My life with bees
With spring coming, the bees will soon be buzzing everywhere. And I always do my best to avoid their acquaintance! Trouble is, they seem to like me, even flying right up in my face when I’m sitting on the porch. If the swatting while I’m sitting gets to be too active, I resign myself to the house, regretfully.
During my childhood on the farm, they visited me just as often — and took time to sit down when they came. The first I remember was my introduction to the fattest bumble bee on the planet. I was about 4 years old and playing in our front yard. We had a long sidewalk stretching from where we parked the vehicles to the front porch steps. I loved to either run that walkway or ride my tricycle up and down it. On this particular day, Mr. Bumble Bee was traveling the same path, and he and I collided somewhere in the middle.
I remember screaming for my mother because I had never experienced anything like that sting. As a result of it, we learned that I was very allergic to bee stings. In this instance, both my eyes swelled almost completely shut and remained that way for a couple of days. And my fear of bumble bees was ingrained and reigns to this day.
Wasps hold a similar position for me. I have encountered them much more often than my one visit from the bumble bee. In the out-buildings on the farm, they were prevalent. We had a wood shed just behind the house when I was quite young. My sister, Juanita, and I used to play there in the sawdust.
This day, when I was about nine and Juanita six, Mother and I heard her screaming. As we ran to the shed, we could see a swarm of wasps, flying in all directions, and Juanita caught in the middle, being stung over and over. She had stirred a huge nest and just stood, not moving at all to get away from them. I immediately knew the consequences of helping my sister, but I couldn’t just let her stand there. In I dove, with wasps flying in all directions, grabbed her arm and pulled her out of the shed.
Needless to say, Mother spent the next hour doctoring our many stings with camphophenique. I remember swatting at them as I ran in and ended up with most stings on my face and arms. Juanita, on the other hand, never played in the wood shed again.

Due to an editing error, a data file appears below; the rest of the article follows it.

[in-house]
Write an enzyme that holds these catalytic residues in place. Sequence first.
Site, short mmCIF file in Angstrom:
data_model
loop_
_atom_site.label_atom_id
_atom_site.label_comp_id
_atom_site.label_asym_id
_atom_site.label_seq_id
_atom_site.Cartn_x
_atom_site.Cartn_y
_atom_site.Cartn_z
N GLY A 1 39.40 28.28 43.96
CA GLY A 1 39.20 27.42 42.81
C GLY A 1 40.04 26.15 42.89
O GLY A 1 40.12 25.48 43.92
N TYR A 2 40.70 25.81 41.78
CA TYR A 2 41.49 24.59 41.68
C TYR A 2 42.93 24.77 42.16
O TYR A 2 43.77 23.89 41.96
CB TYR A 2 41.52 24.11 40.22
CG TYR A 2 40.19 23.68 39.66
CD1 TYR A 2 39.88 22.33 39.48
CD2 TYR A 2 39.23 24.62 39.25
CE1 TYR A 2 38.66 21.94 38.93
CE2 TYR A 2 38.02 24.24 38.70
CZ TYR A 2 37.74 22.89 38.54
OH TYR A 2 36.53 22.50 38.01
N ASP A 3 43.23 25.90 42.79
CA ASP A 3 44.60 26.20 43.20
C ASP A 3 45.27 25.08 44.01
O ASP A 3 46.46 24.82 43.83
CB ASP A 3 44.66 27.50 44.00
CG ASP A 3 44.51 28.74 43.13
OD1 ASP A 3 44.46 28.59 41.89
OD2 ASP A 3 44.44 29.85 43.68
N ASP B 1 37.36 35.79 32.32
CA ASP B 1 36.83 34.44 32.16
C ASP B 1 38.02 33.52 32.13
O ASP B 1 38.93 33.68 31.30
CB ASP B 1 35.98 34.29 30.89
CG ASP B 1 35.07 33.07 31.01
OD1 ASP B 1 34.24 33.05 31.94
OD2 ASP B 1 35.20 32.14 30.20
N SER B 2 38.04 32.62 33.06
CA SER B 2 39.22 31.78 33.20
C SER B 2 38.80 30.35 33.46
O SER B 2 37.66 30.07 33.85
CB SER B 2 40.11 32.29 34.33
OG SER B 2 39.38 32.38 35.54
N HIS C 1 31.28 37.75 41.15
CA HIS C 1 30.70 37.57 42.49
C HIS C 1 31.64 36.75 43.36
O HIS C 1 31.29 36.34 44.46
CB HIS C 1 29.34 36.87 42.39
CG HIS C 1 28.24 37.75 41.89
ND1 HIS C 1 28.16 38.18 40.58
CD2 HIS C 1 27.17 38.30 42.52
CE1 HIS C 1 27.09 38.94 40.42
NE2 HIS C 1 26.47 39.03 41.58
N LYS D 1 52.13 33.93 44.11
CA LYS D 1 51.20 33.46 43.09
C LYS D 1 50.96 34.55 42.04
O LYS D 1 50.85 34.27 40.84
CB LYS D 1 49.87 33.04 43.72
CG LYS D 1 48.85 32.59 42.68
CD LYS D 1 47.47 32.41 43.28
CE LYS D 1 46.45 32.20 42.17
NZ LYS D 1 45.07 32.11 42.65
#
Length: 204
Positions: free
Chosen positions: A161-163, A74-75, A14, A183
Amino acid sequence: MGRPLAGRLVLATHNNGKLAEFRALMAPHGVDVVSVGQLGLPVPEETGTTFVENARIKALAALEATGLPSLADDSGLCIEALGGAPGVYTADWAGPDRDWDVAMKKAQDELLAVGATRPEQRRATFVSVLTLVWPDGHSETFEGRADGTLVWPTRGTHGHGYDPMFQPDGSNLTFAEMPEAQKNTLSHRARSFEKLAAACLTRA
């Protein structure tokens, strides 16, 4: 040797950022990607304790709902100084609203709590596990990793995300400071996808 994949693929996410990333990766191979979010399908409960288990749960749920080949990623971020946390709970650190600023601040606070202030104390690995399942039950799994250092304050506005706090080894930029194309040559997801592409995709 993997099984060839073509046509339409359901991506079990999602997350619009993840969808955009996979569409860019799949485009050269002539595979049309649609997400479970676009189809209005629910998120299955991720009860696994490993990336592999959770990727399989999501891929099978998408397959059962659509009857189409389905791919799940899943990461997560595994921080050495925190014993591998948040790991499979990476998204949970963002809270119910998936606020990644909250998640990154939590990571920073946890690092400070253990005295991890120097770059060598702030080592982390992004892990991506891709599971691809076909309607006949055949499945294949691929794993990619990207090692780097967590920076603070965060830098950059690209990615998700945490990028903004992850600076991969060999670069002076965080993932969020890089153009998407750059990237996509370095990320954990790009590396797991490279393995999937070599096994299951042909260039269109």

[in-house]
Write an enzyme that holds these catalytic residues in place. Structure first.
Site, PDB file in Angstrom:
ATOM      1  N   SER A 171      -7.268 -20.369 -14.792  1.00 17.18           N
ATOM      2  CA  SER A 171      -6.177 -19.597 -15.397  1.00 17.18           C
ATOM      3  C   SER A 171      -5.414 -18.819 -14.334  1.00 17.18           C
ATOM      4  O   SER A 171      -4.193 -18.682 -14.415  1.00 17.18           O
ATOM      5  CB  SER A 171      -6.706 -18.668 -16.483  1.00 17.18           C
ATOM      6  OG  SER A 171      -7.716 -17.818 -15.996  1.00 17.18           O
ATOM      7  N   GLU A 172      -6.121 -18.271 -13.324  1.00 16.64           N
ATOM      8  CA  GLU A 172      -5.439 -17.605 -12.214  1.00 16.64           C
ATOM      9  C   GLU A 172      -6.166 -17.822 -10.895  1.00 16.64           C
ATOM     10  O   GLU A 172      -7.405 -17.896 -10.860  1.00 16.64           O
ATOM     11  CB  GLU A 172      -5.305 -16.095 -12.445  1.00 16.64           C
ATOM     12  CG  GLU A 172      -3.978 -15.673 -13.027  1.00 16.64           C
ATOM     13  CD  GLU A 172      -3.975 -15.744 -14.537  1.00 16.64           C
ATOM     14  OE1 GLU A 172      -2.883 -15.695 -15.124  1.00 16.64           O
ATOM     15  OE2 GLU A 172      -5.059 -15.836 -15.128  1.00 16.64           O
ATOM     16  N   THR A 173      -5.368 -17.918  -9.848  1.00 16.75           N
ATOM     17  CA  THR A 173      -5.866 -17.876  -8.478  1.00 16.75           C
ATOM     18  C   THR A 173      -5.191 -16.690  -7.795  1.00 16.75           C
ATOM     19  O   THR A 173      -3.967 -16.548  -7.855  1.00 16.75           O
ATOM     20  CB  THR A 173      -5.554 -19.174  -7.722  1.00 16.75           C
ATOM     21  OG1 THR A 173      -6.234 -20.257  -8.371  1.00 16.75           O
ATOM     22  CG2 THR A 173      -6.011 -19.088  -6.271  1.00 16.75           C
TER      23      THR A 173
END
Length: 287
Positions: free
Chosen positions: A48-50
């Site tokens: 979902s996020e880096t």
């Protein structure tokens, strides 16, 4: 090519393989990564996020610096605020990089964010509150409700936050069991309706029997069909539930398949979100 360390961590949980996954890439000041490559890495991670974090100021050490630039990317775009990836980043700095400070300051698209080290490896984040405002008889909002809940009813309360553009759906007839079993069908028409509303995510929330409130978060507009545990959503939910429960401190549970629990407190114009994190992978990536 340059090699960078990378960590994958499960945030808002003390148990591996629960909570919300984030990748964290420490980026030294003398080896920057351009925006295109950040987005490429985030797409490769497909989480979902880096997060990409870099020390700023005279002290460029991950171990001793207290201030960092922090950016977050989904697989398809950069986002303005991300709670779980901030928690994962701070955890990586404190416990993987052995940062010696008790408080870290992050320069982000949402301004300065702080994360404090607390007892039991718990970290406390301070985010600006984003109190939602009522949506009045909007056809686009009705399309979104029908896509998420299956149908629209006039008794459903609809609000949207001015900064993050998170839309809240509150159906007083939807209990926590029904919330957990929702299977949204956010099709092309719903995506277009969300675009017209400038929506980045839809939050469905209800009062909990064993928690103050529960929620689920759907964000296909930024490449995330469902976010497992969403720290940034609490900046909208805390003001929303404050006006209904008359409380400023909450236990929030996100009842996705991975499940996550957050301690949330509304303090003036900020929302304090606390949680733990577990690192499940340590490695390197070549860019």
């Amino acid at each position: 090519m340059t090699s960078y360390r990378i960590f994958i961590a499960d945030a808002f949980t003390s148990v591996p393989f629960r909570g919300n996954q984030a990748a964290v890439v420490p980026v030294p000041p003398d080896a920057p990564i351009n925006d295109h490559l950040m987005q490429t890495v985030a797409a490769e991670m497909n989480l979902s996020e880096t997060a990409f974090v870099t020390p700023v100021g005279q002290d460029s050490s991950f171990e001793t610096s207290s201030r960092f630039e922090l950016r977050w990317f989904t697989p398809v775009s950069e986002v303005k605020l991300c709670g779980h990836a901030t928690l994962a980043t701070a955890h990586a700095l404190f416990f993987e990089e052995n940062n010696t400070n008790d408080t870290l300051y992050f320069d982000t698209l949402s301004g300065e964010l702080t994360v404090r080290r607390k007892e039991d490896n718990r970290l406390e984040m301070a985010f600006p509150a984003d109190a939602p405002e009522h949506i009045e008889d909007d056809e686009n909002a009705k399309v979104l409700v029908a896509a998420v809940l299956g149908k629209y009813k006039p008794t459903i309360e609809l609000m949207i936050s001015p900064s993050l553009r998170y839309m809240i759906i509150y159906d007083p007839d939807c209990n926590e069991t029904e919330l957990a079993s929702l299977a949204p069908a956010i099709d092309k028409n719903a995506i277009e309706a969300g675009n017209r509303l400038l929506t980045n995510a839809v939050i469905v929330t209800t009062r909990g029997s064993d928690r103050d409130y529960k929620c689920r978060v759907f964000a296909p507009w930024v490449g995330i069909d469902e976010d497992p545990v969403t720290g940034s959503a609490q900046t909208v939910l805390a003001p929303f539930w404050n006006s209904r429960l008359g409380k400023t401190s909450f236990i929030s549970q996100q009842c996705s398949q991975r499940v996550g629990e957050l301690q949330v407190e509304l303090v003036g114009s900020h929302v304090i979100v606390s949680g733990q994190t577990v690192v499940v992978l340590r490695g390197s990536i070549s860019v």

Entertaining ourselves in some fashion on the farm was just about the extent of our social life. Luckily, on one occasion, our city cousin, Dana, invited Juanita and me to go roller skating at the rink that used to be in South Elkins, the Dornblazer building. We tried to stay busy and occupied that day and couldn’t wait for Dana to come and get us.
During the afternoon, Mother sent me to the cellar for a jar of something or other. I trekked there, opened the door and promptly stepped on a big wasp. I was, of course, barefooted, always barefooted. The swelling began, I recall vividly, in my foot, worked its way to my ankle, and finally all the way to my knee. And with it, my disappointment because I knew that swelling would last at least a day.
No roller skating for the Piercy girls that night — not unless I could manage the skates on one leg!
Living in the country and in an old farmhouse, we, of course, got bees in the house all the time. We kept the fly swatter handy for them and the house flies. One particular night, Juanita and I went to bed, one shared in the upstairs of the house. I was asleep but gradually felt something uncomfortable in the sheets on the bed. I remember ignoring it at first because I wasn’t completely awake.
Then the pain hit, and I leaped from the bed, turned back the sheets, and, you guessed.
A huge wasp gave me a dose of his best because he wanted out! In fact, I got several doses before I finally awoke. I checked the bed for years after that.
Today, I read everywhere about the invaluable need for bees and their pollenation. I, personally, know it to be true. I stopped planting my garden because I had absolutely no product for three years. No product because no bees. Gorgeous bean plants, dark green cuke vines, 6-foot corn. Bloom everywhere but not a bee in sight.
So, as much as I fear them, I know they are necessary. We best pray the bee situation –honey bees, bumble bees — improves if we want to eat. And be thankful for those who are doing something about it.